US 6568502 B2
A sounder includes a cone and a sound disk, the cone having a conical peripheral wall with a flat base, the flat base having a diameter smaller than the sound disk, the sound disk being adhered to the conical peripheral wall of the cone and defining with the flat base a sound chamber.
1. A sound head comprising:
a cover comprising a plurality of bottom mounting legs;
a vibration diaphragm suspended inside said cover, said vibration diaphragm having a downwardly protruded conical protruding portion at the center thereof;
an inner body supporting said vibration diaphragm, said inner body comprising a plurality of mounting holes, which receives the bottom mounting legs of said cover, a stepped bottom center hole, a top conical tube disposed in communication with said stepped bottom center hole, said top conical tube having an orifice, which receives the downwardly protruded conical protruding portion of said vibration diaphragm, and a downward bottom mounting flange;
a cone mounted in the stepped bottom center hole within the downward bottom mounting flange of said inner body, said cone comprising a conical peripheral wall having a convex base suspending in the stepped bottom center hole of said cone and an annular peripheral flange adhered to said inner body, and a turning portion connected between said convex base and said annular peripheral flange of said cone;
a sound disk adhered to the turning portion of said cone and defining with said convex base of said cone a sound chamber;
a cushion fastened to said inner body to hold down said cone, said cushion comprising wire holes for the passing of lead-out wires of said sound disk; and
a cap covered on said inner body over said cushion, said cap having wire holes for the passing of lead-out wires of said sound disk.
The present invention relates to a sounder adapted for use in speakers, alarms, or horns and, more specifically, to such a sounder, which eliminates the drawbacks of complicated structure, low performance and bulky dimension of conventional speakers that comprise speaker shell, end block, magnet, coil, cone, vibration dust diaphragm, etc.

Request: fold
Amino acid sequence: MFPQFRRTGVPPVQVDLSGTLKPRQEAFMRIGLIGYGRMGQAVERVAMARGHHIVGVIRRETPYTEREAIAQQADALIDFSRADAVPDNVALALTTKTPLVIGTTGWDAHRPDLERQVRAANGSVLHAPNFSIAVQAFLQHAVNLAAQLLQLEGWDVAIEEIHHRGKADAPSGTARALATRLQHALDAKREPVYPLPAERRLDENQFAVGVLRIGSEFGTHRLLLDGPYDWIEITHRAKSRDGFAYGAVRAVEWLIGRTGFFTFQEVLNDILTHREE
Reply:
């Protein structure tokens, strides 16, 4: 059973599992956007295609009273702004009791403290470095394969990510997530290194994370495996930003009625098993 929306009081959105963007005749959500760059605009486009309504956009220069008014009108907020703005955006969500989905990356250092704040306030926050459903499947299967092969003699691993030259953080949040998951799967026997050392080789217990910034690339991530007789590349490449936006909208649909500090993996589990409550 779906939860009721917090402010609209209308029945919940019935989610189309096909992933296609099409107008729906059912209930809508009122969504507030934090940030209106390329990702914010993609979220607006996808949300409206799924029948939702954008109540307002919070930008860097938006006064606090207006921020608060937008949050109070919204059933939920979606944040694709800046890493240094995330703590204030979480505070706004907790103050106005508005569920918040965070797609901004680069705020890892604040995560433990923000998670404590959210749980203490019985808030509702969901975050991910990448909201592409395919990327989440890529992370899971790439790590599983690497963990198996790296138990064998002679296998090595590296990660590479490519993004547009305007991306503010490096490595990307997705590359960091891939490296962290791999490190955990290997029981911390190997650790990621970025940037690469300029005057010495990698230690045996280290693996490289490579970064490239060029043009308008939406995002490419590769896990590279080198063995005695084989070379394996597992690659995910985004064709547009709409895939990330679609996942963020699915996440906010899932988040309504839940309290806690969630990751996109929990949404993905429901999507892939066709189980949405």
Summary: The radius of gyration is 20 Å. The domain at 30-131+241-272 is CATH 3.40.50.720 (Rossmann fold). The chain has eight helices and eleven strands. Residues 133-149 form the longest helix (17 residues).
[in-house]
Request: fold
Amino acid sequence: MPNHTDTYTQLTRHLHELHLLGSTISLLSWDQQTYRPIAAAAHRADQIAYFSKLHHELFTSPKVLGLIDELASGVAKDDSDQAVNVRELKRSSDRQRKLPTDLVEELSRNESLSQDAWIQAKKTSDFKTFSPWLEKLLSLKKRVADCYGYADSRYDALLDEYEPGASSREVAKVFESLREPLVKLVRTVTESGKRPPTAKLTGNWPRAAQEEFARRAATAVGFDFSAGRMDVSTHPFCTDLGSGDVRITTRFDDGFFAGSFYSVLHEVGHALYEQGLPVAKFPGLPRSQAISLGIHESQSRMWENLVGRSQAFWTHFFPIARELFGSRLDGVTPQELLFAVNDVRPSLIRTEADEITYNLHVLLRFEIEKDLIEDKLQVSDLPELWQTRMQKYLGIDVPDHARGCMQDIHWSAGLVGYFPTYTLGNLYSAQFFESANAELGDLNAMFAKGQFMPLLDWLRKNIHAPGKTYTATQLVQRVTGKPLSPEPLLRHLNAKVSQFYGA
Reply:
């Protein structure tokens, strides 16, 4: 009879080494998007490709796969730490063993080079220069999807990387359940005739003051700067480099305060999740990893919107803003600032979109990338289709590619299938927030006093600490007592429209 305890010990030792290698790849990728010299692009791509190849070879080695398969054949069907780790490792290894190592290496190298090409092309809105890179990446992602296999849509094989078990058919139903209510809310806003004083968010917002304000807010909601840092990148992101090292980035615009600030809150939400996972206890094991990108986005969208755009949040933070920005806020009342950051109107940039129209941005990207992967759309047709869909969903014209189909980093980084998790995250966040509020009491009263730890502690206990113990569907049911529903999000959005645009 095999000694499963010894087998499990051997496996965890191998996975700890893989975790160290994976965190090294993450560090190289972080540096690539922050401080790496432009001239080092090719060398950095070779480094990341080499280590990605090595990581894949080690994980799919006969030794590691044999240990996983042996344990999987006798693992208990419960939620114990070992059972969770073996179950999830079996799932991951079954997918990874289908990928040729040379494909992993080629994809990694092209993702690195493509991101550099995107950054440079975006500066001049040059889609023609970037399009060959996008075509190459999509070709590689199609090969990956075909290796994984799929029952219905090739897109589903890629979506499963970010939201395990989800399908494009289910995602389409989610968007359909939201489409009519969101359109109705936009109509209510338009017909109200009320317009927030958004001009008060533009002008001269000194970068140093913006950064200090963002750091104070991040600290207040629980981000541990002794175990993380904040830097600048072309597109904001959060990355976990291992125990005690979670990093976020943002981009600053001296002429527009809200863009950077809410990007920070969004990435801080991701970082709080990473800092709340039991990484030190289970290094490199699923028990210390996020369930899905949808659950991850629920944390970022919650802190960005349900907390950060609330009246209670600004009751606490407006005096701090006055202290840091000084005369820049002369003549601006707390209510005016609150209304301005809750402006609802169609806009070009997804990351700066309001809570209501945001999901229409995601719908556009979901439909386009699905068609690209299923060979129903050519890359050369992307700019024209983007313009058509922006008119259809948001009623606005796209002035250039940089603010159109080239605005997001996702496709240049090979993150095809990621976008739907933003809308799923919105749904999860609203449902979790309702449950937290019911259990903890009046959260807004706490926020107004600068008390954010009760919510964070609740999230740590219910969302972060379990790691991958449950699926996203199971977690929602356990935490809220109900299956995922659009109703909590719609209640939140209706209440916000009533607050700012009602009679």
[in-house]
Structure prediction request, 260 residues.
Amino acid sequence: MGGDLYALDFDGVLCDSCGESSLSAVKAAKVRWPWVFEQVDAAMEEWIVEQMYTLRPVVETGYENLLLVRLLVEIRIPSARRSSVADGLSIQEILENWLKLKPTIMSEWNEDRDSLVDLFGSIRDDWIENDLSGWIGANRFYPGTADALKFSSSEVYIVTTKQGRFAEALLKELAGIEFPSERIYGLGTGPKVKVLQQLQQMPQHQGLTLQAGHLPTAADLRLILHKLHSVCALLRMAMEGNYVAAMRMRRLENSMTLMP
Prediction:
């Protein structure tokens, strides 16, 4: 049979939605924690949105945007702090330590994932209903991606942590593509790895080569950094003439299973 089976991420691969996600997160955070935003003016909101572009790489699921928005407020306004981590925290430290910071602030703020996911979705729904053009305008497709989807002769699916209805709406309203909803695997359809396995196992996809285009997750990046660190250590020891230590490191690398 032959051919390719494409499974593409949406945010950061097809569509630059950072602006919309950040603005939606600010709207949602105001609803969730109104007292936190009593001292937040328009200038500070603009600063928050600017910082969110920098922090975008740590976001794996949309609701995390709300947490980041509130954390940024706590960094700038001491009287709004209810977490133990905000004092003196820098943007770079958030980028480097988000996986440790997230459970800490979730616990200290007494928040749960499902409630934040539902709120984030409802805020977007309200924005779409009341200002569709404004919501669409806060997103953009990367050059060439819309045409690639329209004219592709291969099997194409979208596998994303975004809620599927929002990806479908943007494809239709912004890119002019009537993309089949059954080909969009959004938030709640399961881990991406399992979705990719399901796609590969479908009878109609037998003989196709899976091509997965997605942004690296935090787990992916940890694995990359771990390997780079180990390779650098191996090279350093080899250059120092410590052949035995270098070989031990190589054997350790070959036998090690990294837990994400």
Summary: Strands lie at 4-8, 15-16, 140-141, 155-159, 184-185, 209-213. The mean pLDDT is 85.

In the modern society, different voice frequency devices have been disclosed, and are intensively used to transmit voice message. These voice frequency devices include simple sound heads for producing sound and speakers for amplifying sound.
The performance of an audio system depends on the quality of its main unit, amplifier, and speakers. More particularly, the speakers of an audio system determine the quality of output sound. A speaker converts electric voice signal into sound audible to the ears. FIG. 1 illustrates the structure of a conventional speaker. As illustrated, the speaker comprises a casing 10, a paper cone 12, and vibration dust diaphragm 13. The casing 10 comprises an outwardly expanded front bracket 14 and a rear end block 11. The rear end block 11 defines a receiving chamber 15, which receives a magnet 16, and a coil 17 around the magnet 16. The paper cone 12 is adhered to the bracket 14. A gasket ring 19 is adhered to the bracket 14 and a part of the paper cone 12. The paper cone 12 has a hole 18 aimed at the magnet 16. The vibration dust diaphragm 13 is adhered to the paper cone 12 and covered over the hole 18. The coil 17 has lead-out wires 171 extended through the paper cone 12 and connected to power source connector (not shown). After power signal has been transmitted to the magnet 16, different current signals are provided to the magnet 16, causing the magnet 16 to move lefts and rights at different distances, thereby causing the vibration dust diaphragm 13 and the paper cone 12 to vibrate and the produce audible sound. There is known another structure of speaker in which metal voice coil is directly installed in the receiving chamber 15 and adapted to produce sound when electrically connected. These conventional speakers are still not satisfactory in function. The drawbacks of these conventional speakers are outlined hereinafter: